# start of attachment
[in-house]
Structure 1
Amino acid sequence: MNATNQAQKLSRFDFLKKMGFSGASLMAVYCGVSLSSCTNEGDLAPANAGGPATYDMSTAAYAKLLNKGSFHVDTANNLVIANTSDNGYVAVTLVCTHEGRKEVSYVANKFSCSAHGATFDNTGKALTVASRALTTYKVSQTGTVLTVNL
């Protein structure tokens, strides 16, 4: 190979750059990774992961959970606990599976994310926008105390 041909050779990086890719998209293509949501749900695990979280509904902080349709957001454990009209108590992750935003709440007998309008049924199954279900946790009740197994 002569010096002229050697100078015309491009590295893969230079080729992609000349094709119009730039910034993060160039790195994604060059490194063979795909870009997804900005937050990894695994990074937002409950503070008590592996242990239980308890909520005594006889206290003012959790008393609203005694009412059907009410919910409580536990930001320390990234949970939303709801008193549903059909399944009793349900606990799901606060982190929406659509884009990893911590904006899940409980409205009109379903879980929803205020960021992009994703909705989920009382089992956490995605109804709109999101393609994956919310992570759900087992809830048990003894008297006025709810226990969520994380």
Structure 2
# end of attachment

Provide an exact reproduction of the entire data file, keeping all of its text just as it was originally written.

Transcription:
[in-house]
Structure 1
Amino acid sequence: MNATNQAQKLSRFDFLKKMGFSGASLMAVYCGVSLSSCTNEGDLAPANAGGPATYDMSTAAYAKLLNKGSFHVDTANNLVIANTSDNGYVAVTLVCTHEGRKEVSYVANKFSCSAHGATFDNTGKALTVASRALTTYKVSQTGTVLTVNL
């Protein structure tokens, strides 16, 4: 190979750059990774992961959970606990599976994310926008105390 041909050779990086890719998209293509949501749900695990979280509904902080349709957001454990009209108590992750935003709440007998309008049924199954279900946790009740197994 002569010096002229050697100078015309491009590295893969230079080729992609000349094709119009730039910034993060160039790195994604060059490194063979795909870009997804900005937050990894695994990074937002409950503070008590592996242990239980308890909520005594006889206290003012959790008393609203005694009412059907009410919910409580536990930001320390990234949970939303709801008193549903059909399944009793349900606990799901606060982190929406659509884009990893911590904006899940409980409205009109379903879980929803205020960021992009994703909705989920009382089992956490995605109804709109999101393609994956919310992570759900087992809830048990003894008297006025709810226990969520994380």
Structure 2